Now the one slight annoyance with these optional job conditions is that sometimes you aren’t sure what to do. That is, aside from the main objective presented from each job, you are shown three pictures upfront to go off of. Sure, you can make out most of these whether it’s the time limit or grabbing a certain amount of objects, but there are some that are trickier to decipher. Again, it’s a small annoyance where I found myself pausing my task way too often that it didn’t deter me away from the humbling joy on screen.
Aside from the medals you can collect, you also earn money based on the score you tabulate from placing objects in their preferred stance or location. The currency here can be used to purchase new costumes for our UFO friend. These costumes also come with their own set of perks that can be useful for various jobs you may have found to be tricky. For instance, the ninja costume allows you to fly quicker with or without carrying objects while the sailor cadet outfit makes your claw move much faster. Between wearing a drum major outfit, dressing up as a bee, or becoming BoxBoy’s Qbby, there’s no shortage of adorable, stylish looks for the little UFO.
While your time throughout Part Time UFO’s job catalog may be a short affair, there is still plenty of extra content to dive into. Besides collecting every medal between jobs, there are two new modes to explore. First, there’s Treasure Island mode, which has you going through an ancient ruin fighting extra-terrestrial enemies and finding keys to unlock secret treasure. In a way, this mode somewhat expands the potential for a full-scale Part Time UFO adventure game, which I for one would welcome down the line. The second new mode included is Tower of Infinity, and in this, you are tasked with carefully building the tallest tower you can without it collapsing or any single item falling off the wayside. Tower of Infinity had me on edge literally and figuratively when I found myself about to cross a height threshold only to see my hard work fall apart in an instant. And because you won’t know off the bat which items you will get to grab and meticulously place, each attempt becomes a palm-sweatingly exercise in weight distribution. That alone makes this new mode a great time even if you find yourself failing time and time again.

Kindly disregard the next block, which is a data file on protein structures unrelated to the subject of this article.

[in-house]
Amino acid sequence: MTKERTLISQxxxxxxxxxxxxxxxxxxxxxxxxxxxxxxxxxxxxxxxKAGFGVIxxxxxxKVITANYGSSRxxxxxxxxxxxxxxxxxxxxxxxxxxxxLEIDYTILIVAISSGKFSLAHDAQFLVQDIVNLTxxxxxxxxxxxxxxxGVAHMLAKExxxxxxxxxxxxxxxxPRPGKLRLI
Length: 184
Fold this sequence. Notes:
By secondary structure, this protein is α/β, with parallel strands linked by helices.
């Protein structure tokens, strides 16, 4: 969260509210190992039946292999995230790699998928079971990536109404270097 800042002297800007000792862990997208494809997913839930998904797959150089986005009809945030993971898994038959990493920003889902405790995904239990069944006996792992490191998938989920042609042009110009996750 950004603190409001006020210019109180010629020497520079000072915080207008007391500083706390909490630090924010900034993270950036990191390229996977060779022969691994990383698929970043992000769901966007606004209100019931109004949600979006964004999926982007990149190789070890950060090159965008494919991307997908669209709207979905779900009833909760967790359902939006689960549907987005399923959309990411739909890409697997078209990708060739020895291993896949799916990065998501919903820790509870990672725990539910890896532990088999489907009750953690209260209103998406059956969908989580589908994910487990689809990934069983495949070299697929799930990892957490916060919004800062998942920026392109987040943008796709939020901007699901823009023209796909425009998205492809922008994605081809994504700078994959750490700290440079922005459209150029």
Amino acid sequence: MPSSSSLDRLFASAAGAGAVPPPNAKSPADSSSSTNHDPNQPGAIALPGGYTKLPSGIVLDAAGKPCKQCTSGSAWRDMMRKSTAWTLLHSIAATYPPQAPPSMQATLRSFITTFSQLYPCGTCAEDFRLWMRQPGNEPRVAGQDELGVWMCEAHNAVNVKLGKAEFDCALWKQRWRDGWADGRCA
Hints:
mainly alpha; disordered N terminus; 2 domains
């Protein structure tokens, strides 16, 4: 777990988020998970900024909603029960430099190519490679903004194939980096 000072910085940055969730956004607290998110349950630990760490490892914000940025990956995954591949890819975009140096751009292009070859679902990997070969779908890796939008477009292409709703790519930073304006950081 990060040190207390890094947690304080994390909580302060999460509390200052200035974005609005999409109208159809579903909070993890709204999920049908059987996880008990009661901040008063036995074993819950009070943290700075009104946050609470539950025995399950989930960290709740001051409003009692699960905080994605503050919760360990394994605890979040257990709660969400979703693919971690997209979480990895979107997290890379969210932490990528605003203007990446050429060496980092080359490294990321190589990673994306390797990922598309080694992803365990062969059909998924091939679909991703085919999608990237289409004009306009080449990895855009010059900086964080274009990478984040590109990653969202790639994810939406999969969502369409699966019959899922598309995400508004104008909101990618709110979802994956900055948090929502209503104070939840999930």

Also new to the Switch version of Part Time UFO is two-player cooperative play. With a pair of Joy-Con controllers, you and a friend can tackle more difficult versions of the previous jobs you completed in single-player. Much like the co-op in Snipperclips, there’s a lot to enjoy here when working together to complete a complicated task no matter what. And while it can be frustrating in spots as you go through more challenging jobs together, by the end you will have moments where you are either laughing, smiling or both.
When originally released on mobile platforms, Part Time UFO offered a unique take on a physics-based crane game with a cute touch and all the quirky sensibilities that HAL Labs has to offer. The Switch version leaves everything intact that made it a surprisingly fun and cheerful experience while optimizing it for the console and adding worthwhile new features. The newly included co-op is a must-play for anyone who loves to goof off in completing a tricky building task, and modes like Tower of Infinity and Treasure Island give added depth to the whole adorable feeling package. While Kirby as a franchise may occupy HAL Laboratory’s development output at times, Part Time UFO at least reassures the endless joy and charm that can always come from them.
Review: Part Time UFO (Nintendo Switch)
With new features, modes, and various quality of life upgrades from its mobile origins, Part Time UFO on Switch continues to exemplify the fun and quirky sensibilities of HAL Labs without losing a step or grip.